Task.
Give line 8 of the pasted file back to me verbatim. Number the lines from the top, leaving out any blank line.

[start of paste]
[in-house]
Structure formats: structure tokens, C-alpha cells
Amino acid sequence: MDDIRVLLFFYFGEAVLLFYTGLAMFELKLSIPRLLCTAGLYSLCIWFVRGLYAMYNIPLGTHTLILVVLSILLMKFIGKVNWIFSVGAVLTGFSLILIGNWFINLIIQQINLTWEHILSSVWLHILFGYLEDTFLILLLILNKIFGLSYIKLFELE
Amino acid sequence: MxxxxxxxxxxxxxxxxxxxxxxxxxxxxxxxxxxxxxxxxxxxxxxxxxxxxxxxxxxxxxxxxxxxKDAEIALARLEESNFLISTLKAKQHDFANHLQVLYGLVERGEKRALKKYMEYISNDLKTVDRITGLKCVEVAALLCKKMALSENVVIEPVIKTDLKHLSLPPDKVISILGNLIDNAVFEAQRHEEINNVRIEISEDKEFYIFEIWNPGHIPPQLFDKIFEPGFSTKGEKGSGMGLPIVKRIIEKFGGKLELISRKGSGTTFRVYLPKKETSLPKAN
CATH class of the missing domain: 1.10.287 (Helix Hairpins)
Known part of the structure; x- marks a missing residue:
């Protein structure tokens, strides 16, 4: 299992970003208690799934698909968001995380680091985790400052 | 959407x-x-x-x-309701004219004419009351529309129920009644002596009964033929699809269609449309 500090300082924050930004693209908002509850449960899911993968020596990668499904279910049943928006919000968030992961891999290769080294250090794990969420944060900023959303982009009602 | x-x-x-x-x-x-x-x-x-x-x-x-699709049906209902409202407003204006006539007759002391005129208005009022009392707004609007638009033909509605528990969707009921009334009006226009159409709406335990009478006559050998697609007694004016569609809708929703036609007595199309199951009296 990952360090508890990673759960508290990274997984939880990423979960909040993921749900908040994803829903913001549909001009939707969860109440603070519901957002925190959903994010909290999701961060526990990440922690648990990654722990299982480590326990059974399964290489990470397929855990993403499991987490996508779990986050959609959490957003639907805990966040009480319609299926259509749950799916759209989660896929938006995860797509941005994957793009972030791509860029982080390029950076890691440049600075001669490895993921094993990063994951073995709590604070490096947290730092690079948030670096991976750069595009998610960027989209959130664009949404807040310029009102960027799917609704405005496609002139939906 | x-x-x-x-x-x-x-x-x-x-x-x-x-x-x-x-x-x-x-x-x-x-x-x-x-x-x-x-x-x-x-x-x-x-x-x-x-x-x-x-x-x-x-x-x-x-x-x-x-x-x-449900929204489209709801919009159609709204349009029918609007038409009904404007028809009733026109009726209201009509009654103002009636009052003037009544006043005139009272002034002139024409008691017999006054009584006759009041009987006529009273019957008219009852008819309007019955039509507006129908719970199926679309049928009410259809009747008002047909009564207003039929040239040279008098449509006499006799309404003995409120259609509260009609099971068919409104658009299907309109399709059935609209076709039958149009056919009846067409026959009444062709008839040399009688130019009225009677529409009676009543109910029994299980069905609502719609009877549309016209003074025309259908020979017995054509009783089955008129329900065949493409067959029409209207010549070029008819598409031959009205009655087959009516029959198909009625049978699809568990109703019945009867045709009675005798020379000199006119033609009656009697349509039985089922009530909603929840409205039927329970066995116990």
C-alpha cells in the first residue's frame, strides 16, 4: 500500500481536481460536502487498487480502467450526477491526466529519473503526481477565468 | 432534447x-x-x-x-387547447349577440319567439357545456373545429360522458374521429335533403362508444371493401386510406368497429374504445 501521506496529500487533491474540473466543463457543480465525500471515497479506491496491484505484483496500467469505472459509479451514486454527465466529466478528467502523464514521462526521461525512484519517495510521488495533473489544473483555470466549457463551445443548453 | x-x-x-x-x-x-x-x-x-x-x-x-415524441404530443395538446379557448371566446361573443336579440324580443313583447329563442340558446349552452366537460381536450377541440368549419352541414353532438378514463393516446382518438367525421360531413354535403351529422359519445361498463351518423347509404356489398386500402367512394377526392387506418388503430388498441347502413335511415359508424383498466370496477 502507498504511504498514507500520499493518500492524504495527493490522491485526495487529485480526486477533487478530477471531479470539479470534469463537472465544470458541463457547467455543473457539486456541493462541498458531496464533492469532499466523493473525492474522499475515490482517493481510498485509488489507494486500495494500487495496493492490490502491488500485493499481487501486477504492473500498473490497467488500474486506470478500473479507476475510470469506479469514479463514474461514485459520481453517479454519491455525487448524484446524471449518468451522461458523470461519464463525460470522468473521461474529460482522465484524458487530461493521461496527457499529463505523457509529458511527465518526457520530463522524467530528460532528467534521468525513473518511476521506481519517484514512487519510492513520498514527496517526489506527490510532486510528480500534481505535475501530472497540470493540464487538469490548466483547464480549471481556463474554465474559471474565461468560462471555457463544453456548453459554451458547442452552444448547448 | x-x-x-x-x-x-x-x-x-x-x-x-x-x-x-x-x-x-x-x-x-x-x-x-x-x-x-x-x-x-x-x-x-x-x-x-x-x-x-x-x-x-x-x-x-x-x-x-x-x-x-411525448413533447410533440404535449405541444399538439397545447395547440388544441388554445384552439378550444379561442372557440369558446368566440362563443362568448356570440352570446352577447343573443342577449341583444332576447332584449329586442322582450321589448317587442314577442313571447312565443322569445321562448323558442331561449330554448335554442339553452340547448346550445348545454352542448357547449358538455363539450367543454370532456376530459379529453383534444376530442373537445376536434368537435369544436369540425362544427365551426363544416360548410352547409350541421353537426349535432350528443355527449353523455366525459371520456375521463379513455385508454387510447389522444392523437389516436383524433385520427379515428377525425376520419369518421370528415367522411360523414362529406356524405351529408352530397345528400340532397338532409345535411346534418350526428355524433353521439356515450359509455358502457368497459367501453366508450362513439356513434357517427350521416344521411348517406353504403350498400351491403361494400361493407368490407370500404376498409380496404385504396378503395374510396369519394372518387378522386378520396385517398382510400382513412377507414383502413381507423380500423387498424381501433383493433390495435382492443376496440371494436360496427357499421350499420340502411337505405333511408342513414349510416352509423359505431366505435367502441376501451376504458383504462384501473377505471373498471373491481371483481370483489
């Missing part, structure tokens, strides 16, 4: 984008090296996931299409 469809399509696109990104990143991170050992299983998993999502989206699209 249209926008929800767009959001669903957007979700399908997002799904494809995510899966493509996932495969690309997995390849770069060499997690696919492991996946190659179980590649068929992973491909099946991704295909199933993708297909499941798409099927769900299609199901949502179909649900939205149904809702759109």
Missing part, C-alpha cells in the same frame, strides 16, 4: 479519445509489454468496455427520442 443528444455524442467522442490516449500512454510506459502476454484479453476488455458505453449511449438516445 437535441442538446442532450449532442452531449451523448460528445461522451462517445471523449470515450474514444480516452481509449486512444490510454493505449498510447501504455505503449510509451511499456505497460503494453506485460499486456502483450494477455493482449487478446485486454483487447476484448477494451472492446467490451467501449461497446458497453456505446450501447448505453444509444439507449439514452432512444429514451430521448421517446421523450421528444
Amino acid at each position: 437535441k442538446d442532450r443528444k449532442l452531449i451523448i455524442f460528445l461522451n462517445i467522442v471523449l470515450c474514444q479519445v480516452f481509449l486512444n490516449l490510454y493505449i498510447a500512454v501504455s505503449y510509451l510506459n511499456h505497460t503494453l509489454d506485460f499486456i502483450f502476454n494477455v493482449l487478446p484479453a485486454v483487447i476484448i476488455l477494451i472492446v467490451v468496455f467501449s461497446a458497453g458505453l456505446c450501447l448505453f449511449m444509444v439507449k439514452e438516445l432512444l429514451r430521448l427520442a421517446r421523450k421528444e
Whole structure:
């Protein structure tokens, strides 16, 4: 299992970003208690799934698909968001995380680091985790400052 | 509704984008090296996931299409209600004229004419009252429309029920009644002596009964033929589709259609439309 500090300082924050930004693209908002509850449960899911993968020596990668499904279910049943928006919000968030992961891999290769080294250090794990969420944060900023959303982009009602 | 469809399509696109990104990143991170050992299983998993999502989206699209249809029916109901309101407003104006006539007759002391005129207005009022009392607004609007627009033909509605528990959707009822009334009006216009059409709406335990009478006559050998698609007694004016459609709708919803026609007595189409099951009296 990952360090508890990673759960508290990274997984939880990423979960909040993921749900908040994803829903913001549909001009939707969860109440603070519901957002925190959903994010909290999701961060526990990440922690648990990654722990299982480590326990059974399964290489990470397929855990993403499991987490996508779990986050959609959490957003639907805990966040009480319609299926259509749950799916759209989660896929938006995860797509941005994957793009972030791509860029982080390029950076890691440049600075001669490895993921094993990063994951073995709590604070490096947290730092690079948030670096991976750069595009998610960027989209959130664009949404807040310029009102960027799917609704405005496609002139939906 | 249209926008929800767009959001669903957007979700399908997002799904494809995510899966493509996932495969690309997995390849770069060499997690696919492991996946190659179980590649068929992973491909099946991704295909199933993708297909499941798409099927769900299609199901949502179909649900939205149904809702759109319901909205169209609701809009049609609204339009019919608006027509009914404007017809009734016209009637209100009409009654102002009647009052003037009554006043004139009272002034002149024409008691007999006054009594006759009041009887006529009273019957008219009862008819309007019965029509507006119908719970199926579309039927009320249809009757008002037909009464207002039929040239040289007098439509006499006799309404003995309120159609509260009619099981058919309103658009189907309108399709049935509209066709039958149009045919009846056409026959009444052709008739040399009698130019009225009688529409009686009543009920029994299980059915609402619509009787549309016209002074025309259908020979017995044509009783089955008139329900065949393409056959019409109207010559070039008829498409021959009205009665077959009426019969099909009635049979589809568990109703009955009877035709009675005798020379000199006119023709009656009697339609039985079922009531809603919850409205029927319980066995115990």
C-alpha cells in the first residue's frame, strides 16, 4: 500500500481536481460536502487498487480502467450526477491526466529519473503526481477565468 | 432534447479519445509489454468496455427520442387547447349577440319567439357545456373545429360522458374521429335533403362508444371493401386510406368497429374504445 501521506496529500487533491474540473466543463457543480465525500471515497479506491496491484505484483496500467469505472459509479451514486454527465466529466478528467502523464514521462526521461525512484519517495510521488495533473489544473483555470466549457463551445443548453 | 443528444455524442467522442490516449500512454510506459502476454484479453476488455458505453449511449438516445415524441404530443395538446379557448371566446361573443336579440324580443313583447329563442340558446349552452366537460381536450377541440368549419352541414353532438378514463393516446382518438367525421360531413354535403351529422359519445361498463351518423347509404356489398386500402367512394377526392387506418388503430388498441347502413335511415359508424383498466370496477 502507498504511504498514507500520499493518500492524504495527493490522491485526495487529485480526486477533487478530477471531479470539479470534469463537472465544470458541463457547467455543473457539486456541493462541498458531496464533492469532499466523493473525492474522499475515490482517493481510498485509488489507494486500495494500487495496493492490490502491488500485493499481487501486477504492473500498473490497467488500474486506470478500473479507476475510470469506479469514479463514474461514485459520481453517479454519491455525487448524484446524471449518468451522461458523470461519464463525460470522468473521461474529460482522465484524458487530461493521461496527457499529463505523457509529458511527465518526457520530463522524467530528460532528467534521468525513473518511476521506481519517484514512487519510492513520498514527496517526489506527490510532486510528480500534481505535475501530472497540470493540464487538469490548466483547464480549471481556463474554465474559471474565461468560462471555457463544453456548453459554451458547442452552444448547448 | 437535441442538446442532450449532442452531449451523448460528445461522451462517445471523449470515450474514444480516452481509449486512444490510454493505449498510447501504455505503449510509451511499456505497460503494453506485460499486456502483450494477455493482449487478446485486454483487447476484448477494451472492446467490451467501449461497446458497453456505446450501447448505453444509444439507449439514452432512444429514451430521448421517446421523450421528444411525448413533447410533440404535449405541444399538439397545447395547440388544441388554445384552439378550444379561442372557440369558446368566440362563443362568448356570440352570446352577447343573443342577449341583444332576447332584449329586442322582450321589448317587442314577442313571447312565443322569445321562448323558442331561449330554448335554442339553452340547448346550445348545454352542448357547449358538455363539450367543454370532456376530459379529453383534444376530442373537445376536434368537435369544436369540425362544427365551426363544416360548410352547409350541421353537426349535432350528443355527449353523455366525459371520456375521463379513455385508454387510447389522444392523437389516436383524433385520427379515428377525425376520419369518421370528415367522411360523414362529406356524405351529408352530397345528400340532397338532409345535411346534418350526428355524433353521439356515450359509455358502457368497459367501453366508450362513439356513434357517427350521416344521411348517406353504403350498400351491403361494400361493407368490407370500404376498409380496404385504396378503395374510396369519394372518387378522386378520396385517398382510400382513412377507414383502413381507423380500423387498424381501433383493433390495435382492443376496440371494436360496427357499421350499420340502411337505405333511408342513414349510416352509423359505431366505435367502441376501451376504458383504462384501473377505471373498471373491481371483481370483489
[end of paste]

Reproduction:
C-alpha cells in the first residue's frame, strides 16, 4: 500500500481536481460536502487498487480502467450526477491526466529519473503526481477565468 | 432534447x-x-x-x-387547447349577440319567439357545456373545429360522458374521429335533403362508444371493401386510406368497429374504445 501521506496529500487533491474540473466543463457543480465525500471515497479506491496491484505484483496500467469505472459509479451514486454527465466529466478528467502523464514521462526521461525512484519517495510521488495533473489544473483555470466549457463551445443548453 | x-x-x-x-x-x-x-x-x-x-x-x-415524441404530443395538446379557448371566446361573443336579440324580443313583447329563442340558446349552452366537460381536450377541440368549419352541414353532438378514463393516446382518438367525421360531413354535403351529422359519445361498463351518423347509404356489398386500402367512394377526392387506418388503430388498441347502413335511415359508424383498466370496477 502507498504511504498514507500520499493518500492524504495527493490522491485526495487529485480526486477533487478530477471531479470539479470534469463537472465544470458541463457547467455543473457539486456541493462541498458531496464533492469532499466523493473525492474522499475515490482517493481510498485509488489507494486500495494500487495496493492490490502491488500485493499481487501486477504492473500498473490497467488500474486506470478500473479507476475510470469506479469514479463514474461514485459520481453517479454519491455525487448524484446524471449518468451522461458523470461519464463525460470522468473521461474529460482522465484524458487530461493521461496527457499529463505523457509529458511527465518526457520530463522524467530528460532528467534521468525513473518511476521506481519517484514512487519510492513520498514527496517526489506527490510532486510528480500534481505535475501530472497540470493540464487538469490548466483547464480549471481556463474554465474559471474565461468560462471555457463544453456548453459554451458547442452552444448547448 | x-x-x-x-x-x-x-x-x-x-x-x-x-x-x-x-x-x-x-x-x-x-x-x-x-x-x-x-x-x-x-x-x-x-x-x-x-x-x-x-x-x-x-x-x-x-x-x-x-x-x-411525448413533447410533440404535449405541444399538439397545447395547440388544441388554445384552439378550444379561442372557440369558446368566440362563443362568448356570440352570446352577447343573443342577449341583444332576447332584449329586442322582450321589448317587442314577442313571447312565443322569445321562448323558442331561449330554448335554442339553452340547448346550445348545454352542448357547449358538455363539450367543454370532456376530459379529453383534444376530442373537445376536434368537435369544436369540425362544427365551426363544416360548410352547409350541421353537426349535432350528443355527449353523455366525459371520456375521463379513455385508454387510447389522444392523437389516436383524433385520427379515428377525425376520419369518421370528415367522411360523414362529406356524405351529408352530397345528400340532397338532409345535411346534418350526428355524433353521439356515450359509455358502457368497459367501453366508450362513439356513434357517427350521416344521411348517406353504403350498400351491403361494400361493407368490407370500404376498409380496404385504396378503395374510396369519394372518387378522386378520396385517398382510400382513412377507414383502413381507423380500423387498424381501433383493433390495435382492443376496440371494436360496427357499421350499420340502411337505405333511408342513414349510416352509423359505431366505435367502441376501451376504458383504462384501473377505471373498471373491481371483481370483489